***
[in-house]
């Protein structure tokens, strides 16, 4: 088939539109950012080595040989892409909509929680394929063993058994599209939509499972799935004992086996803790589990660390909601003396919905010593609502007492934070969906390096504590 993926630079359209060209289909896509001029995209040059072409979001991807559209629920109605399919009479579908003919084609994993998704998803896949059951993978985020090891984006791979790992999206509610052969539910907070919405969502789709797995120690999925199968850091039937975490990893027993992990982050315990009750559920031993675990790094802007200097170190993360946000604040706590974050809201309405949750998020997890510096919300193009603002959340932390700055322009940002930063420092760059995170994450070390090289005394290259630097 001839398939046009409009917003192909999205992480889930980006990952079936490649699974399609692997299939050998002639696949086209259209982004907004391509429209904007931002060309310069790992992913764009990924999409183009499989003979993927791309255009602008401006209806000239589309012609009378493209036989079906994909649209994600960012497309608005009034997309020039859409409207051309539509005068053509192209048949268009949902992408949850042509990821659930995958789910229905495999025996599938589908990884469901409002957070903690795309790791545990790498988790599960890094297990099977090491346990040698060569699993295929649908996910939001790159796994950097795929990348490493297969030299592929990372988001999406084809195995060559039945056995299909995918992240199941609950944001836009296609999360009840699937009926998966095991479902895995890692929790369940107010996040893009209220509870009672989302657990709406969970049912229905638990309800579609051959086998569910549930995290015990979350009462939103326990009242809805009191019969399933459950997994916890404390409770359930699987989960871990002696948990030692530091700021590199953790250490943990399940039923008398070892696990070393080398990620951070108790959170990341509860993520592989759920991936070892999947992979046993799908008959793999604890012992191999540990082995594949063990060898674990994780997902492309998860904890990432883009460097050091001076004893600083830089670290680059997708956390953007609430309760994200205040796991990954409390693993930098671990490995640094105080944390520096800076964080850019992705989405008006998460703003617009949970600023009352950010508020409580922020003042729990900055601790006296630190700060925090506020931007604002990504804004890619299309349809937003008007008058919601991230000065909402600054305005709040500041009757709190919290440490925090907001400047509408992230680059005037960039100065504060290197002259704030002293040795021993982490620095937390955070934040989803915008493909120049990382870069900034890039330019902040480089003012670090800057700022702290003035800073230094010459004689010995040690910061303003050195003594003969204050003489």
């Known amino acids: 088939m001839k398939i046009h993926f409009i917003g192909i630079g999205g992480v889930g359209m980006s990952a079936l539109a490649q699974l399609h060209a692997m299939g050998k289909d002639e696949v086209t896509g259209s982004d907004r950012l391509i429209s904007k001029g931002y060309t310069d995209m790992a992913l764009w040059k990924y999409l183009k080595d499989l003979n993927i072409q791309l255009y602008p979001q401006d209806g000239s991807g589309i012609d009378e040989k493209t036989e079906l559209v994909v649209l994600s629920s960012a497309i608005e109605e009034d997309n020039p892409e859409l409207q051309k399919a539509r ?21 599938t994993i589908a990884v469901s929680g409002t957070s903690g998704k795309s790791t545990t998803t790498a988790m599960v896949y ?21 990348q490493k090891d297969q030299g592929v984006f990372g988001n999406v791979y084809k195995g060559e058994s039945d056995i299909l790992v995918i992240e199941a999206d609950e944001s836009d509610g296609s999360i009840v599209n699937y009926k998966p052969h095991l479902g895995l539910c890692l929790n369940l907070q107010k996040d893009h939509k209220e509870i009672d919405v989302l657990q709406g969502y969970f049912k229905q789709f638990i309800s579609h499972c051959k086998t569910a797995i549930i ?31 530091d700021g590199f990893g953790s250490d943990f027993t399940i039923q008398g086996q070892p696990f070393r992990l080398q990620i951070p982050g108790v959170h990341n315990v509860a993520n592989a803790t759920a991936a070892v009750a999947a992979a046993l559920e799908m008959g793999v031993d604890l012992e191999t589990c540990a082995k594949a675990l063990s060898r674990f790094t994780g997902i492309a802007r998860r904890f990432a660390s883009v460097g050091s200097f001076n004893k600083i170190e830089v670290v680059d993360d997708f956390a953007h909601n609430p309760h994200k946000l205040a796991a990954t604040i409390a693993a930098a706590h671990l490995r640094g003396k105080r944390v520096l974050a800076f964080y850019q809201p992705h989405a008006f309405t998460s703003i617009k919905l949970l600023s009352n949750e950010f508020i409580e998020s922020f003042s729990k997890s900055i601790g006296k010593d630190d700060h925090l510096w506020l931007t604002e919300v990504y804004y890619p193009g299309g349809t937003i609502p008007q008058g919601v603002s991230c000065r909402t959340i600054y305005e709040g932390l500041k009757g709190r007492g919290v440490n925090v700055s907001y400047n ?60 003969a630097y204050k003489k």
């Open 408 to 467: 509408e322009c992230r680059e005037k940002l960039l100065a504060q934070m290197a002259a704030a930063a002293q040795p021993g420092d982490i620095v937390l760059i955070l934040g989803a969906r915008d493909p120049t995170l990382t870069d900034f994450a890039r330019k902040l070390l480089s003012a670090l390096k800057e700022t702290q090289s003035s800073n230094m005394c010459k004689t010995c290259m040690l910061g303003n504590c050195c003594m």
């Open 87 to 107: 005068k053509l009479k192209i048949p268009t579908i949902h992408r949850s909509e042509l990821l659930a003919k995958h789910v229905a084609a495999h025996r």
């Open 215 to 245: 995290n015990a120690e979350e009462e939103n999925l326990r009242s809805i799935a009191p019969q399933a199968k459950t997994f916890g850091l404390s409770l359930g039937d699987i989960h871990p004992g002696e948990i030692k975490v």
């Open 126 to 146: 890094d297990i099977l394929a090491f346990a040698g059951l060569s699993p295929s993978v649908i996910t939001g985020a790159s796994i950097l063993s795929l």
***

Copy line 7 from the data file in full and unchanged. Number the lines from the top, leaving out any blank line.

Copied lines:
């Open 126 to 146: 890094d297990i099977l394929a090491f346990a040698g059951l060569s699993p295929s993978v649908i996910t939001g985020a790159s796994i950097l063993s795929l």